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Science and Sorcery

Entry updated 30 May 2014. Tagged: Theme.

Item of Terminology introduced in this encyclopedia for the genre-blending juxtaposition of sf and Fantasy settings, often presented as Parallel Worlds between which crossings may be made, and distinguished therefore from Equipoisal tales where any "crossings" tend to be integrated into the address of the tale, rather than working as transitions. (This use of crossings is distinct from the very common fantasy trope of access via portal to a world of Magic; such stories normally contain no sf elements.) Examples include Piers Anthony's Apprentice Adept sequence, opening with Split Infinity (1980), Stephen R Donaldson's Mordant's Need diptych opening with The Mirror of Her Dreams (1986), and Justina Robson's Quantum Gravity sequence, opening with Keeping It Real (2006). In the first, high Technology is inoperative in the magic world and vice-versa, a convention established in L Sprague de Camp's and Fletcher Pratt's The Incomplete Enchanter (May, August 1940 Unknown; coll of linked stories 1941; vt The Incompleat Enchanter 1979); in the second and third, rather more typically of this subgenre, science and magic can coexist so that futuristic Weapons and a Cyborg heroine continue to function in Donaldson's and Robson's fantasy realms respectively. Elements of science-and-sorcery are also found in the Well of Souls books by Jack Chalker, beginning with Midnight at the Well of Souls (1977) – certain regions of Chalker's Well World being governed by laws of Magic rather than science – and Michael Scott Rohan's Spiral sequence opening with Chase the Morning (1990). In Fred Saberhagen's Empire of the East sequence, beginning with The Broken Lands (1968), Earth itself has been transformed into a fantasy-like world by the agency of a Computer whose influence, among other effects, causes an exploding nuclear fireball to stabilize as a powerful, sentient "demon". The Earth of Roger Zelazny's Jack of Shadows (1971) has ceased rotating: fantasy rules the night side and science the day; the same author's Changeling (1980) features a fantasy-world clash between Technological (imported from our world) and sorcerous mindsets.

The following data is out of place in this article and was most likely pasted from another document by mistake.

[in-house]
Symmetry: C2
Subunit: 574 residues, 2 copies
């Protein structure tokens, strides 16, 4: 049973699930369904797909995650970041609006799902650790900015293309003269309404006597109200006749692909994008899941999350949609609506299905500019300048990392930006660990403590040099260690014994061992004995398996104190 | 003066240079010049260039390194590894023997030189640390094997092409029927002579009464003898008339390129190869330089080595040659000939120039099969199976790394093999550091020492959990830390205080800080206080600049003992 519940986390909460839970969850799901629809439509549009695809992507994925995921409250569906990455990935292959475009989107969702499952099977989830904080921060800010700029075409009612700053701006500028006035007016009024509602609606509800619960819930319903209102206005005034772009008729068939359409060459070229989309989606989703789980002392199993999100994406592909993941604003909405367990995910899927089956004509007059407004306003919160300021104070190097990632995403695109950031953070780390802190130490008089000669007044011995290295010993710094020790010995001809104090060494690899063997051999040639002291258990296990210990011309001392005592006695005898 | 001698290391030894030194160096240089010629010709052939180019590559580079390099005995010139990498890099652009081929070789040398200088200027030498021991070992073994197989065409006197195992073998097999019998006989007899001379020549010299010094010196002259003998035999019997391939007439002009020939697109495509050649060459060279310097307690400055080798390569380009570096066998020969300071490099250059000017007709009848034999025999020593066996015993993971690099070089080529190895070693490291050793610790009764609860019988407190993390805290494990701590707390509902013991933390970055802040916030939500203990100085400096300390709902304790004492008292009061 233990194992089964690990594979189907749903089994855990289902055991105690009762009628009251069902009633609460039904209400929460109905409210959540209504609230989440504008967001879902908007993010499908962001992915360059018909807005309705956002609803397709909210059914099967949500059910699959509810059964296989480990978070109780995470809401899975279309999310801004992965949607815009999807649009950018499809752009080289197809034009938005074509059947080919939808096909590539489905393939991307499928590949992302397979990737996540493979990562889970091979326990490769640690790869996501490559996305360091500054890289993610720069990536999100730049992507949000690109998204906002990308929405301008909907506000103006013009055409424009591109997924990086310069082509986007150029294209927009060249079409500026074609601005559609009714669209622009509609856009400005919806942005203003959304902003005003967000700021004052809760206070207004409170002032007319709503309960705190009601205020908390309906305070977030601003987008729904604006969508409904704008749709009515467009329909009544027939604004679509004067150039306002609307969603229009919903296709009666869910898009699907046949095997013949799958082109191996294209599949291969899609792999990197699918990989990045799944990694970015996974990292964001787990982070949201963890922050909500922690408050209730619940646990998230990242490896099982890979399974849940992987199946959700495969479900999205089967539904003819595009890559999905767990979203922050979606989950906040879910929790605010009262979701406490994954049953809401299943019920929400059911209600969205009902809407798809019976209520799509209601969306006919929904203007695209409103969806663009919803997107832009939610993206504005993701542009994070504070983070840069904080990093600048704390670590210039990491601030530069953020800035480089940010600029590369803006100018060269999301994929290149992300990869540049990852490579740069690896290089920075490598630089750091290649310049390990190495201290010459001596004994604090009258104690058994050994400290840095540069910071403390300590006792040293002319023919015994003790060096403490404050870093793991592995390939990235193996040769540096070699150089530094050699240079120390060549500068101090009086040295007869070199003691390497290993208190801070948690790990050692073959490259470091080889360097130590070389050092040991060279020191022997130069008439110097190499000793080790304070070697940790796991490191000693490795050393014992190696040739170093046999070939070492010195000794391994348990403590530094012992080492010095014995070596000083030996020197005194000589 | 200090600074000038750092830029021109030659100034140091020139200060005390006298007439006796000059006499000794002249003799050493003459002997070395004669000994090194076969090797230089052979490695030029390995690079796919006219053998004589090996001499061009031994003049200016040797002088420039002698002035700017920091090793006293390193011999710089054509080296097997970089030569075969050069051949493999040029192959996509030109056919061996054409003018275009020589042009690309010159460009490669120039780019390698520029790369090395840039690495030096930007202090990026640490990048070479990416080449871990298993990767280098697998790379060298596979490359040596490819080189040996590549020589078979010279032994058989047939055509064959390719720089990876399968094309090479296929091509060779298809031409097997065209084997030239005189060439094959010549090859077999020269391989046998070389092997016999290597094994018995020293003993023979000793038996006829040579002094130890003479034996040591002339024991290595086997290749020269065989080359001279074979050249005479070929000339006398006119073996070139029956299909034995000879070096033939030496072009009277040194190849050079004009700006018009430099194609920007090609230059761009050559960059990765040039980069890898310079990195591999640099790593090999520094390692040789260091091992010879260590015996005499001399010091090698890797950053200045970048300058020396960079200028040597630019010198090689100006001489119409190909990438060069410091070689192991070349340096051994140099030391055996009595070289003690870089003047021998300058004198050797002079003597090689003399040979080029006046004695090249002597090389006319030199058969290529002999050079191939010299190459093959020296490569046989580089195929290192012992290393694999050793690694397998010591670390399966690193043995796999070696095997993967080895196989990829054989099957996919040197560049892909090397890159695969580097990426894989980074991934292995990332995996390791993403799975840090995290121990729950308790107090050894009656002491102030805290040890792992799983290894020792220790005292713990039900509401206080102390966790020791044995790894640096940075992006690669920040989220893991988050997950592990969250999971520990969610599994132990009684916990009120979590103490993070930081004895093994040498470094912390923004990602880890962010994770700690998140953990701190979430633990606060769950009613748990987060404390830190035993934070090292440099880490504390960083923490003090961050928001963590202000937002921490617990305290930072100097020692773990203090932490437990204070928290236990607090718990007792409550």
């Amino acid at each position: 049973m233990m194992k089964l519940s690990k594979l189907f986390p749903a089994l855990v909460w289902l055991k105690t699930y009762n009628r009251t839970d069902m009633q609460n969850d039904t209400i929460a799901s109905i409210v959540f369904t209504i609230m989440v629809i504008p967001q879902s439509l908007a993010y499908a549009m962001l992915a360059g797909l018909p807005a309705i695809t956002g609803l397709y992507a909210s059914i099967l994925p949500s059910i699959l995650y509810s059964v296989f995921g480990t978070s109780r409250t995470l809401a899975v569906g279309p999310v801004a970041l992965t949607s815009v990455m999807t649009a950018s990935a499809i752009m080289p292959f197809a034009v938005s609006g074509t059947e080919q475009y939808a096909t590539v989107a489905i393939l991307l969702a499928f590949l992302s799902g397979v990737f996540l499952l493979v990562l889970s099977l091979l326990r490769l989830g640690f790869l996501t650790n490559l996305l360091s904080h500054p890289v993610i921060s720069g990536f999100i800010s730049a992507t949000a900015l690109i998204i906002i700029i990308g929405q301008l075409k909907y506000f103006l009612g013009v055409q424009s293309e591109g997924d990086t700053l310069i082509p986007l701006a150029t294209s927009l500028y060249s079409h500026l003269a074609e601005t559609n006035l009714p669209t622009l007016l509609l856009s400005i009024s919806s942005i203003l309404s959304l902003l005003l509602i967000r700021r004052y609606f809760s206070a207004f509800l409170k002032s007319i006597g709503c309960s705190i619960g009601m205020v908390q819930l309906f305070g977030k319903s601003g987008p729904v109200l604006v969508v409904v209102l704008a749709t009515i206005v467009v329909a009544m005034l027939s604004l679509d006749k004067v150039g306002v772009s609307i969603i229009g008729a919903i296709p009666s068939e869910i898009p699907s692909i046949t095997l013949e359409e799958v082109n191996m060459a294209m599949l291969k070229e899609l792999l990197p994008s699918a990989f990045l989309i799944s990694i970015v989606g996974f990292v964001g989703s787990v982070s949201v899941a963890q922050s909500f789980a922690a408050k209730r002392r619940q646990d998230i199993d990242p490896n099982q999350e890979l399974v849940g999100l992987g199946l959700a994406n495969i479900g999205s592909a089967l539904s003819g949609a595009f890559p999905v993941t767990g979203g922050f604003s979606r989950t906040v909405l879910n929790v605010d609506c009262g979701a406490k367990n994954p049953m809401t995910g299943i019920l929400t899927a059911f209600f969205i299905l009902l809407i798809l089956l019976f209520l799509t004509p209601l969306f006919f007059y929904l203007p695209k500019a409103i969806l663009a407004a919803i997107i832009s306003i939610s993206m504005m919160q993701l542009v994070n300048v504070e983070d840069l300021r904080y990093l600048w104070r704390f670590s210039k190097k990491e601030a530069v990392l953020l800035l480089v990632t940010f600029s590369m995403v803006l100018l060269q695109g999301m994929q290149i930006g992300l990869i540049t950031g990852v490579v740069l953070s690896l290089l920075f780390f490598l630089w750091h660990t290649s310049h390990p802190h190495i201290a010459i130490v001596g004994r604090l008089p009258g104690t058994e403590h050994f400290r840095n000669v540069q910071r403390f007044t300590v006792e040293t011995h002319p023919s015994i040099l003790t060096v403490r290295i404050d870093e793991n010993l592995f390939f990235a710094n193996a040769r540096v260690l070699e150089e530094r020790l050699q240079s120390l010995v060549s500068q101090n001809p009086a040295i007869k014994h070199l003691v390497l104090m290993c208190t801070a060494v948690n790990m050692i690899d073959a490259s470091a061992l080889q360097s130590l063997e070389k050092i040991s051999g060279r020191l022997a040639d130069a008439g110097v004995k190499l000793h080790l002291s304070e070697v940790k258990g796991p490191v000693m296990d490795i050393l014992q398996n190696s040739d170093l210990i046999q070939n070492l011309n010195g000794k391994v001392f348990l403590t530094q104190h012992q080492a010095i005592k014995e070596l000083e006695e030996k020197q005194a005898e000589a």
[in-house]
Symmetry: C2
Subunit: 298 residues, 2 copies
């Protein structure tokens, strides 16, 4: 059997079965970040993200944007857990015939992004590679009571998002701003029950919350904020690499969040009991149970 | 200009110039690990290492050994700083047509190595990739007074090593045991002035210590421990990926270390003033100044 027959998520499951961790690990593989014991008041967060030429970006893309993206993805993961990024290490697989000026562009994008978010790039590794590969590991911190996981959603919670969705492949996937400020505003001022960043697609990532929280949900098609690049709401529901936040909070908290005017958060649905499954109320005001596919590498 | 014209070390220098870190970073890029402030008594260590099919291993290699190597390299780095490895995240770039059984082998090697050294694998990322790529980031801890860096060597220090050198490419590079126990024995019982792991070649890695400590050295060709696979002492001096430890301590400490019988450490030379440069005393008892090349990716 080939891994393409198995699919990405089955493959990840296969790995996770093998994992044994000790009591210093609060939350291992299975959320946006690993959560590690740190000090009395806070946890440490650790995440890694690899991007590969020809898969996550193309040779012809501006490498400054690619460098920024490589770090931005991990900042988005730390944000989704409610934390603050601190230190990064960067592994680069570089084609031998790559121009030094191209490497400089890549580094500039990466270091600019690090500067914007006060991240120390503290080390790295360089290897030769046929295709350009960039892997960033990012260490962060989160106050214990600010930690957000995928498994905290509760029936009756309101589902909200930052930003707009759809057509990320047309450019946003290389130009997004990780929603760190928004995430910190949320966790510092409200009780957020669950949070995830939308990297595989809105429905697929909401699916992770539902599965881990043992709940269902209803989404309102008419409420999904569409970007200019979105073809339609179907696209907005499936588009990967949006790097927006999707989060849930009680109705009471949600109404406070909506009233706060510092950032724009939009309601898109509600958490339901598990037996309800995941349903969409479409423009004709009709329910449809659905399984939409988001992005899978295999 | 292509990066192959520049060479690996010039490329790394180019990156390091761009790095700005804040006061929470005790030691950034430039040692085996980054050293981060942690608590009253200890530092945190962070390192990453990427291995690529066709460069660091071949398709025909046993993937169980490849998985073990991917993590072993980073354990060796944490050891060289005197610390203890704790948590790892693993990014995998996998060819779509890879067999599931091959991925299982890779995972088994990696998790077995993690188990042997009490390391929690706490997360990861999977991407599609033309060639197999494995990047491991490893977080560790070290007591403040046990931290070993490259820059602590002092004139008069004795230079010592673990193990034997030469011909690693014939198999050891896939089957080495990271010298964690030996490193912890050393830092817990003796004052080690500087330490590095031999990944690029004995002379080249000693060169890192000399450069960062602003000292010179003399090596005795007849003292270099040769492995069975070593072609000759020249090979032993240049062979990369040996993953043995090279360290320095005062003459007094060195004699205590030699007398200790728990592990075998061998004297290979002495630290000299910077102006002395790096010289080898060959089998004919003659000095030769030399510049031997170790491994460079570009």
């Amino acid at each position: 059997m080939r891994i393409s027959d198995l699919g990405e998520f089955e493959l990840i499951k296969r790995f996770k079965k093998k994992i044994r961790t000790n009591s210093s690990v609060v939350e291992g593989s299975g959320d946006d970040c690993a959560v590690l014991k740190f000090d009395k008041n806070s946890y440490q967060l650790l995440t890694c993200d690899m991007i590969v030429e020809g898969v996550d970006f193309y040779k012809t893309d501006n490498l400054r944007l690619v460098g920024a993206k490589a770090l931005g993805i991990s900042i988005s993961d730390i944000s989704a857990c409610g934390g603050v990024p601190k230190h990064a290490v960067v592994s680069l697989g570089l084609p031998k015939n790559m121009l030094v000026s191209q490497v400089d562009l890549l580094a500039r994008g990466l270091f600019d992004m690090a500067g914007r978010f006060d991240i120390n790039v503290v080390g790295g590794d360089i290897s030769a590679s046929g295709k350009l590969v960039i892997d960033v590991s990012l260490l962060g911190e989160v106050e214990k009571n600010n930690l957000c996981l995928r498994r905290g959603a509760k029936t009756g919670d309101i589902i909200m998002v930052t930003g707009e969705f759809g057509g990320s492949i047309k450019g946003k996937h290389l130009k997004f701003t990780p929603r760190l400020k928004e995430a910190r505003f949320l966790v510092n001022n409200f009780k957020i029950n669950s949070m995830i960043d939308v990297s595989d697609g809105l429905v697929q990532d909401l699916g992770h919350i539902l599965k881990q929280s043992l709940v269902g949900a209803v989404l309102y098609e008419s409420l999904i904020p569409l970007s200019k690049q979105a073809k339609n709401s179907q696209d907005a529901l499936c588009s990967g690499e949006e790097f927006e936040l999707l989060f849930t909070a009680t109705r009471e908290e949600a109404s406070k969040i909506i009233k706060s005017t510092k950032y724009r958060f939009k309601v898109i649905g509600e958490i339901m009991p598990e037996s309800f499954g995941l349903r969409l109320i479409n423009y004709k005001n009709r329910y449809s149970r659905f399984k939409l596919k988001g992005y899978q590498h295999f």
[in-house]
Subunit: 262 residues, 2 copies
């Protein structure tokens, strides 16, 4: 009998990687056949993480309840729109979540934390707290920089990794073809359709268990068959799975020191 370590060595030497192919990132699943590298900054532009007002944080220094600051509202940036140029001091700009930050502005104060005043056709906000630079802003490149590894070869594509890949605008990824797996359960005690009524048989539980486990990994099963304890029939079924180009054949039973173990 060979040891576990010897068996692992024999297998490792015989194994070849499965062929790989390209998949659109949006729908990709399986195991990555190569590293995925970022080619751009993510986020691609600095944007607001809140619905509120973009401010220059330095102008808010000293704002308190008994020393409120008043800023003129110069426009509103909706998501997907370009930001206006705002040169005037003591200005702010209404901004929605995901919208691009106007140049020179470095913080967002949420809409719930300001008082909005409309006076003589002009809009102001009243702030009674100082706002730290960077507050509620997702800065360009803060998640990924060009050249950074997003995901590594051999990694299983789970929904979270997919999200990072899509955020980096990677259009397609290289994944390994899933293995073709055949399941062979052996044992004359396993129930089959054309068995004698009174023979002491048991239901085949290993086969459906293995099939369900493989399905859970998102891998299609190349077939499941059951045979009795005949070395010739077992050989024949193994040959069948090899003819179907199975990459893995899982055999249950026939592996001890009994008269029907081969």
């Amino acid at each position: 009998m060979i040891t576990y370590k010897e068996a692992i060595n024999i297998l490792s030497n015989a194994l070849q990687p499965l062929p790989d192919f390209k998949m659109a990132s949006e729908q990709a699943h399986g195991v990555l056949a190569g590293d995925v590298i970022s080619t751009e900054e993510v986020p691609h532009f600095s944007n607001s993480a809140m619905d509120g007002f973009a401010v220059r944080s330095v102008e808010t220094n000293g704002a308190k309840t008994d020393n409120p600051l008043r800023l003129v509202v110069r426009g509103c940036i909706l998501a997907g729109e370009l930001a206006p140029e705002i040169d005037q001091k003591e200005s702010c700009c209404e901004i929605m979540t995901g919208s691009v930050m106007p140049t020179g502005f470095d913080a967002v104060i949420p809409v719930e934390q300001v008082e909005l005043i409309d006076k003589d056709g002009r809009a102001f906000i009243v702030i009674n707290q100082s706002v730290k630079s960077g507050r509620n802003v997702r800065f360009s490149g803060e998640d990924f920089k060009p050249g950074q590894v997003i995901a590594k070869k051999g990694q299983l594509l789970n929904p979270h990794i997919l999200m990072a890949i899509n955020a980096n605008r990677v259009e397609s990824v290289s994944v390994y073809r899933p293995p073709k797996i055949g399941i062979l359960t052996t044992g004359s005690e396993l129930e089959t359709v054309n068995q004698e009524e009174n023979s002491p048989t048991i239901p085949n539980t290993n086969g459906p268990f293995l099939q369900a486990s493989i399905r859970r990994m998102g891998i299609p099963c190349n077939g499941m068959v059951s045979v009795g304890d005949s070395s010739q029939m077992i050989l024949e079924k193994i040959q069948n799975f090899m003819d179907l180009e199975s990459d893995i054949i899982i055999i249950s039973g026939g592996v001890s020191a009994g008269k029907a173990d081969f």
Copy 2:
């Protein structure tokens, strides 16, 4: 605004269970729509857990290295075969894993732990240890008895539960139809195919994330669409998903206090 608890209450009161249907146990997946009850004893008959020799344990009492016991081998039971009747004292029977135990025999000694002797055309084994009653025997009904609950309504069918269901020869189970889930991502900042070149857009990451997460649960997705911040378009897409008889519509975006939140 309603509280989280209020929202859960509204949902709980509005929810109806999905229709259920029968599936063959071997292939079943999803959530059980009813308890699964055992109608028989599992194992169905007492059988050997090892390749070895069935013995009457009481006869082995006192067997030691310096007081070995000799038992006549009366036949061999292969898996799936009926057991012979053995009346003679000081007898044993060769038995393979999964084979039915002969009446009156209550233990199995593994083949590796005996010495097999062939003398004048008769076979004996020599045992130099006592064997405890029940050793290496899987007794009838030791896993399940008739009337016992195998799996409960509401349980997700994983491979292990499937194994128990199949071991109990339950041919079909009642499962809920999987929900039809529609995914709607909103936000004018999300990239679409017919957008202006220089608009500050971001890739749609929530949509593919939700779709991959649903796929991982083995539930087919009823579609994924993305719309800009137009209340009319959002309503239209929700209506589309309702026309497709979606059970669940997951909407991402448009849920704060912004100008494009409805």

The science and sorcery trope appears routinely in Comics. Magic is one of Superman's long-established weaknesses, much exploited by his tiresome prankster foe Mister Mxyzptlk (or Mxyztplk) – introduced in 1944 – who hails from a fantasy "fifth Dimension". More recently, Alan Moore has mixed sf devices (an alternate New York of aircars and science-dependent Superheroes/Villains) with deeply mystical fantasy in the comic series Promethea (1999-2005). This blurring of genres is particularly common in Games, such as Chrono Trigger (1995), Final Fantasy (1987), The Longest Journey (1999), Septerra Core: Legacy of the Creator (1999), Shadowrun (1989) and Torg (1990). [DRL/NT]

see also: Sword and Sorcery; Technofantasy.

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